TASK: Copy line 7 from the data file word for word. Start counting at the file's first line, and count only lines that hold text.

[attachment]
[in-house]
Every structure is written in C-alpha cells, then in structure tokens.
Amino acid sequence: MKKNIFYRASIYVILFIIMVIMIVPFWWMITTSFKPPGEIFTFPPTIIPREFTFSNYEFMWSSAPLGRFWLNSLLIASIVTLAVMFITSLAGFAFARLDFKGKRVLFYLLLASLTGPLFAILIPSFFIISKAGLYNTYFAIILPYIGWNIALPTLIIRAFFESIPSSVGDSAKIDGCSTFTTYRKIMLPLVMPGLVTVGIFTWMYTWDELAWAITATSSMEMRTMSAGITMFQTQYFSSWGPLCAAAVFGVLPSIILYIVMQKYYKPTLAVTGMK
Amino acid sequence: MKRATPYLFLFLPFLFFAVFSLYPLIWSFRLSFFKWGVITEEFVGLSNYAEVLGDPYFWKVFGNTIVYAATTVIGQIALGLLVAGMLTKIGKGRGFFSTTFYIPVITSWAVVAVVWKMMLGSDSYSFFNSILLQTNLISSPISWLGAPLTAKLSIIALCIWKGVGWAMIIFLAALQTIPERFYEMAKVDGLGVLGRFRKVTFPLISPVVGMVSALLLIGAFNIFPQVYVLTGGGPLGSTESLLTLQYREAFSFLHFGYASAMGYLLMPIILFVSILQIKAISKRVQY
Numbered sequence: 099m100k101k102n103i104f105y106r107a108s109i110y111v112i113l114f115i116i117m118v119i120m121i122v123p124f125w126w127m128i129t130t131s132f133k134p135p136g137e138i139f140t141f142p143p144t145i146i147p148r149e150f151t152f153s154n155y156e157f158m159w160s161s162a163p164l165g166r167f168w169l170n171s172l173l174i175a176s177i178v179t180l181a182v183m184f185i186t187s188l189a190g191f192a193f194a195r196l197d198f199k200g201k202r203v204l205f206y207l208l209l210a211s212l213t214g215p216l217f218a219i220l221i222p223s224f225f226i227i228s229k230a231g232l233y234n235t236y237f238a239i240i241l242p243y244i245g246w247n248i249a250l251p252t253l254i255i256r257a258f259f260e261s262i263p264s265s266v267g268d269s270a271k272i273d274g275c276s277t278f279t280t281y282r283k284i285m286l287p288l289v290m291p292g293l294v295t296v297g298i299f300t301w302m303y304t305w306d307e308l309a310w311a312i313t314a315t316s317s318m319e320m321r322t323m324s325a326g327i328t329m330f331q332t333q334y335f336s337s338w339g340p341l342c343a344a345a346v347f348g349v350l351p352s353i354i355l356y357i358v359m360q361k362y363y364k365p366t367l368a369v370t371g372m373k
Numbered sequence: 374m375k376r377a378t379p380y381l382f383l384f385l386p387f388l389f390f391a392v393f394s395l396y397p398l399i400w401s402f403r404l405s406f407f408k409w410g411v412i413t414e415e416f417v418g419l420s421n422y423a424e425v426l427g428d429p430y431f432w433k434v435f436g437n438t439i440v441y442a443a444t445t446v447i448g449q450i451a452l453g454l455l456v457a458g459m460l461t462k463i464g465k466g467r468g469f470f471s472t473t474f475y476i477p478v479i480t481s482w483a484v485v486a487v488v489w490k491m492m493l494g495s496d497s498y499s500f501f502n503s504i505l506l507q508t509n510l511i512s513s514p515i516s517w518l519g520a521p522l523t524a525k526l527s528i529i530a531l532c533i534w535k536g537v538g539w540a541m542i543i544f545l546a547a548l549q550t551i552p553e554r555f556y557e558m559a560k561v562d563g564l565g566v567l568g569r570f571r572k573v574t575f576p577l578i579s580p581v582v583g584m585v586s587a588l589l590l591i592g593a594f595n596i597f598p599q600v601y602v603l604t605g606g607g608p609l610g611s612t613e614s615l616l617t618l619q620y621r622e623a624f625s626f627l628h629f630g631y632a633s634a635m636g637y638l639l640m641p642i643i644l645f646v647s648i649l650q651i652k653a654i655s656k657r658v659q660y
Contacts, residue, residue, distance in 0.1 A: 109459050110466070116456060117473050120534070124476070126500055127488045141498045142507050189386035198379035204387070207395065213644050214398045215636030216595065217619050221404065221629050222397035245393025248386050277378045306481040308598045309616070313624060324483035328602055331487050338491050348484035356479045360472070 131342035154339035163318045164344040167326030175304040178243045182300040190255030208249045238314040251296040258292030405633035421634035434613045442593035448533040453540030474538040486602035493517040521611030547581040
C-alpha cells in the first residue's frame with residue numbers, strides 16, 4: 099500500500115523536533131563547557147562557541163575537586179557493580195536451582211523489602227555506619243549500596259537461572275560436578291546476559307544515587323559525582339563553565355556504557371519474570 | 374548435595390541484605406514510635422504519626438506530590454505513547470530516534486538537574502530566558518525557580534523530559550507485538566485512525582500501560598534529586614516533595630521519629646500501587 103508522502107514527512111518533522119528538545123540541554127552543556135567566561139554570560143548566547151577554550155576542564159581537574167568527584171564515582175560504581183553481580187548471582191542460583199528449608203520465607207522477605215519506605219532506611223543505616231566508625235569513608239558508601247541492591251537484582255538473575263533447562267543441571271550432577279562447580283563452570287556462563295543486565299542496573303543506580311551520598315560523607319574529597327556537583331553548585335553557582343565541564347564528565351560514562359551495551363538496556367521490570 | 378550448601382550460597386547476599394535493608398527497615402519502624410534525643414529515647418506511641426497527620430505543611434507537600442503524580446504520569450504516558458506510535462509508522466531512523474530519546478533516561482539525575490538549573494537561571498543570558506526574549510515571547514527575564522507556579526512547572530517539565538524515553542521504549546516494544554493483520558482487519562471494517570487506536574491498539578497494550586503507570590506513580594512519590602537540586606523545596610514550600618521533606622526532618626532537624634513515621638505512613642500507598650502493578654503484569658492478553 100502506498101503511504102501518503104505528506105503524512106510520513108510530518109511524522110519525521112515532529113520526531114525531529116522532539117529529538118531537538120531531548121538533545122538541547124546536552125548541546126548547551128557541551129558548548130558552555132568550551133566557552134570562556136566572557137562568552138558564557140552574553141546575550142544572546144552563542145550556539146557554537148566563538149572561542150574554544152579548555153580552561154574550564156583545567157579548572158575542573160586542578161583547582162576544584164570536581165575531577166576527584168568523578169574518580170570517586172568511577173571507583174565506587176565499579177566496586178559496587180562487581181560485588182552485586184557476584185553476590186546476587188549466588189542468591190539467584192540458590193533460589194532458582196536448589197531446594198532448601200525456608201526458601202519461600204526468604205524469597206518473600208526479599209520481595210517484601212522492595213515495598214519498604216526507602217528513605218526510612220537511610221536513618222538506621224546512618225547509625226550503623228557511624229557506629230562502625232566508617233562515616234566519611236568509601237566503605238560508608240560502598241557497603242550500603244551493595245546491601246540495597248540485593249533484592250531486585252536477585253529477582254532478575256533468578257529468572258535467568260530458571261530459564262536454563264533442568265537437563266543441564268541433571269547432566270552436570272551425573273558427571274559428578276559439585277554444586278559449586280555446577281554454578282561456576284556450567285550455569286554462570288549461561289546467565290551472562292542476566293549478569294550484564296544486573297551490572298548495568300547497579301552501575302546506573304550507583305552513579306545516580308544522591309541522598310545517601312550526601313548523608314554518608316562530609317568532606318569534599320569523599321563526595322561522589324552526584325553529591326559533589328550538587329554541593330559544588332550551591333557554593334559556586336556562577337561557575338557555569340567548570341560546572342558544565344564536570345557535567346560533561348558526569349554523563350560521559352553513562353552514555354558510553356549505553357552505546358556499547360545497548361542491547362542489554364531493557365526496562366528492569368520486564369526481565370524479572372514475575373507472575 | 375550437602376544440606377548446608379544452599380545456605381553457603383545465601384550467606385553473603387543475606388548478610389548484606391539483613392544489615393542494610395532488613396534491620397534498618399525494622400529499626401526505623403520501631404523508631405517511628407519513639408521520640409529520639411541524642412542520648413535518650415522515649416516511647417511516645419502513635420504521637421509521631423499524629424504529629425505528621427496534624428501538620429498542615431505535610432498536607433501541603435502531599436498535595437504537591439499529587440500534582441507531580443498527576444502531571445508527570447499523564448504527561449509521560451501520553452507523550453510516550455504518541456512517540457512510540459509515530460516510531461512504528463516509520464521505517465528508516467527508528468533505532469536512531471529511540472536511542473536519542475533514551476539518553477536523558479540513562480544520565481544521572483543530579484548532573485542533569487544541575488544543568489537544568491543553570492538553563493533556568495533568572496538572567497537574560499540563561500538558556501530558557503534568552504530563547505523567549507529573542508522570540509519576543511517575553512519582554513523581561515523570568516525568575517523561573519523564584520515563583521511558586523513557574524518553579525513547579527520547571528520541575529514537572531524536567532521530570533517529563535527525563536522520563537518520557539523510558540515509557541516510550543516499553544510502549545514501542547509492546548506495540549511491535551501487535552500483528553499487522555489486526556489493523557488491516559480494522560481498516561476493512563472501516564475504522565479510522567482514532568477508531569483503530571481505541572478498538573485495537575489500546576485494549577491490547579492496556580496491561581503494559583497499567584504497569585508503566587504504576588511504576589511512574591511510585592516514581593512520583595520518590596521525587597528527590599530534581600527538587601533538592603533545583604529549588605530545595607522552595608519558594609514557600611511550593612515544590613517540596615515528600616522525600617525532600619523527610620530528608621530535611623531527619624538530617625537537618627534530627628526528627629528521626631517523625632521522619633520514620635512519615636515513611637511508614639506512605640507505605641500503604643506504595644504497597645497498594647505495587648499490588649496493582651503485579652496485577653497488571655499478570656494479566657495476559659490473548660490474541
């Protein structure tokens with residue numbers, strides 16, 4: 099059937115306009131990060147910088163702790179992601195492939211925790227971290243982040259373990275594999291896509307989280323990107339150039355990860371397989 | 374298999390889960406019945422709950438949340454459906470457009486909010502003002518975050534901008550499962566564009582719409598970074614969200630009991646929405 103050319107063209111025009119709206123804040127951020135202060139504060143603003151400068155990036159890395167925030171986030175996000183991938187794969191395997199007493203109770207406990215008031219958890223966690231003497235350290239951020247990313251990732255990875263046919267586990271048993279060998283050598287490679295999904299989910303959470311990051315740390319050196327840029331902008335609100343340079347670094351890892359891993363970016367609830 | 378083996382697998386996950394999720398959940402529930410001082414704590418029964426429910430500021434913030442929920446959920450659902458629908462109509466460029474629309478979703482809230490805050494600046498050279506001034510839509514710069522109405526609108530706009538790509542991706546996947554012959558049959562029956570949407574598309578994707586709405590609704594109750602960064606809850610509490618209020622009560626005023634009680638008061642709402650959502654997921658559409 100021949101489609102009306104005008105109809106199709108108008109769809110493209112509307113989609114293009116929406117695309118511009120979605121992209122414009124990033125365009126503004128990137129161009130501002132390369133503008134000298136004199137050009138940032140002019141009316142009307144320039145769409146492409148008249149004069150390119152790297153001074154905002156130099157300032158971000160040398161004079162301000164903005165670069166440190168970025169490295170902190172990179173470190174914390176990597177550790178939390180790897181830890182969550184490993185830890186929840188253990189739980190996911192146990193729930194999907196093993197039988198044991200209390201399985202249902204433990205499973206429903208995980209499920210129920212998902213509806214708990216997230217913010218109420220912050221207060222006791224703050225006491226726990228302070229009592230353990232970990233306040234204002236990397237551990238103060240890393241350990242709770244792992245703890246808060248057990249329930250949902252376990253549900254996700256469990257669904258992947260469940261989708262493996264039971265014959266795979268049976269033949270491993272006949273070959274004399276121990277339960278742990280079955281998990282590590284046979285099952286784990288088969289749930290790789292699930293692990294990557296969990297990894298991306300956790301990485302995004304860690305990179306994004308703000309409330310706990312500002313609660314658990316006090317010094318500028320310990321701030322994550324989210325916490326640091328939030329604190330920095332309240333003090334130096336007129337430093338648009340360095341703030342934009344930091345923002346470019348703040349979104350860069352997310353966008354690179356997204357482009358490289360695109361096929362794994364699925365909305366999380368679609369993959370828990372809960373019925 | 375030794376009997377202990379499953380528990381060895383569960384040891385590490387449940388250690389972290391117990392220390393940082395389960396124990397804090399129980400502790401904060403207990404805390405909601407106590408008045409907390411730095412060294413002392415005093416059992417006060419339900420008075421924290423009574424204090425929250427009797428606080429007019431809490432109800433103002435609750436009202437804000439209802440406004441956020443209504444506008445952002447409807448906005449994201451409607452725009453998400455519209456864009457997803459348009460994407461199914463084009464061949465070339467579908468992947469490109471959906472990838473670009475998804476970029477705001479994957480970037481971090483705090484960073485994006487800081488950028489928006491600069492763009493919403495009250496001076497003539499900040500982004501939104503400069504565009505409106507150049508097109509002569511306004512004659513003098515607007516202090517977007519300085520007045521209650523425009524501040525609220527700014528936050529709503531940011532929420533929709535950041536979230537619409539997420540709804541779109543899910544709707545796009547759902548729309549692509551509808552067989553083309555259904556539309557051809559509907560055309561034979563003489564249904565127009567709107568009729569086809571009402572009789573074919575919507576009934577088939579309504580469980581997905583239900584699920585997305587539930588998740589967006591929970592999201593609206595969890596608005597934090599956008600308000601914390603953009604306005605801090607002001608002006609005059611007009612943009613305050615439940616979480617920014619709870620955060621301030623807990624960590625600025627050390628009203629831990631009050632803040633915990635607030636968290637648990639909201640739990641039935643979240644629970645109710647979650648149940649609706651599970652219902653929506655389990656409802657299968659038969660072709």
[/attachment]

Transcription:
Contacts, residue, residue, distance in 0.1 A: 109459050110466070116456060117473050120534070124476070126500055127488045141498045142507050189386035198379035204387070207395065213644050214398045215636030216595065217619050221404065221629050222397035245393025248386050277378045306481040308598045309616070313624060324483035328602055331487050338491050348484035356479045360472070 131342035154339035163318045164344040167326030175304040178243045182300040190255030208249045238314040251296040258292030405633035421634035434613045442593035448533040453540030474538040486602035493517040521611030547581040